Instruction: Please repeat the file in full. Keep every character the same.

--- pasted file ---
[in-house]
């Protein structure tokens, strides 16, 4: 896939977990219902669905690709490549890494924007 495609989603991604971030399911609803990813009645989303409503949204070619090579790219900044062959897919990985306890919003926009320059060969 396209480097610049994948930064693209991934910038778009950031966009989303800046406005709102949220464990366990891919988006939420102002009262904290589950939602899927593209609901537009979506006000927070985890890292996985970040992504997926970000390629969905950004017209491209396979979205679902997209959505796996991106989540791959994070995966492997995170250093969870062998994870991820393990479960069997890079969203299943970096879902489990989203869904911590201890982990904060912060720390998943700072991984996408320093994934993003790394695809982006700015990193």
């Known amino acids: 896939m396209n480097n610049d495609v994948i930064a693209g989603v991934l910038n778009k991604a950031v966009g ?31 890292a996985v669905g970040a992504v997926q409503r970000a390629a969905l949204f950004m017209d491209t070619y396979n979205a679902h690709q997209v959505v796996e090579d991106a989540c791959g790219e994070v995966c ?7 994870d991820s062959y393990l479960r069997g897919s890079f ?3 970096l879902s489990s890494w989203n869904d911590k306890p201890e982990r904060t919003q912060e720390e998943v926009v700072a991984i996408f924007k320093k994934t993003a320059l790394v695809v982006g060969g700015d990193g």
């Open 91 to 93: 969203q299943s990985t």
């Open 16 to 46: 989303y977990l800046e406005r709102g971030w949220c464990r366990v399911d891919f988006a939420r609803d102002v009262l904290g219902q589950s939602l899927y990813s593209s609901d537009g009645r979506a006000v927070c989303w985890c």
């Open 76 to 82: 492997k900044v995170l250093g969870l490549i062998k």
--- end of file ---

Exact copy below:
[in-house]
């Protein structure tokens, strides 16, 4: 896939977990219902669905690709490549890494924007 495609989603991604971030399911609803990813009645989303409503949204070619090579790219900044062959897919990985306890919003926009320059060969 396209480097610049994948930064693209991934910038778009950031966009989303800046406005709102949220464990366990891919988006939420102002009262904290589950939602899927593209609901537009979506006000927070985890890292996985970040992504997926970000390629969905950004017209491209396979979205679902997209959505796996991106989540791959994070995966492997995170250093969870062998994870991820393990479960069997890079969203299943970096879902489990989203869904911590201890982990904060912060720390998943700072991984996408320093994934993003790394695809982006700015990193």
């Known amino acids: 896939m396209n480097n610049d495609v994948i930064a693209g989603v991934l910038n778009k991604a950031v966009g ?31 890292a996985v669905g970040a992504v997926q409503r970000a390629a969905l949204f950004m017209d491209t070619y396979n979205a679902h690709q997209v959505v796996e090579d991106a989540c791959g790219e994070v995966c ?7 994870d991820s062959y393990l479960r069997g897919s890079f ?3 970096l879902s489990s890494w989203n869904d911590k306890p201890e982990r904060t919003q912060e720390e998943v926009v700072a991984i996408f924007k320093k994934t993003a320059l790394v695809v982006g060969g700015d990193g």
């Open 91 to 93: 969203q299943s990985t």
């Open 16 to 46: 989303y977990l800046e406005r709102g971030w949220c464990r366990v399911d891919f988006a939420r609803d102002v009262l904290g219902q589950s939602l899927y990813s593209s609901d537009g009645r979506a006000v927070c989303w985890c």
């Open 76 to 82: 492997k900044v995170l250093g969870l490549i062998k």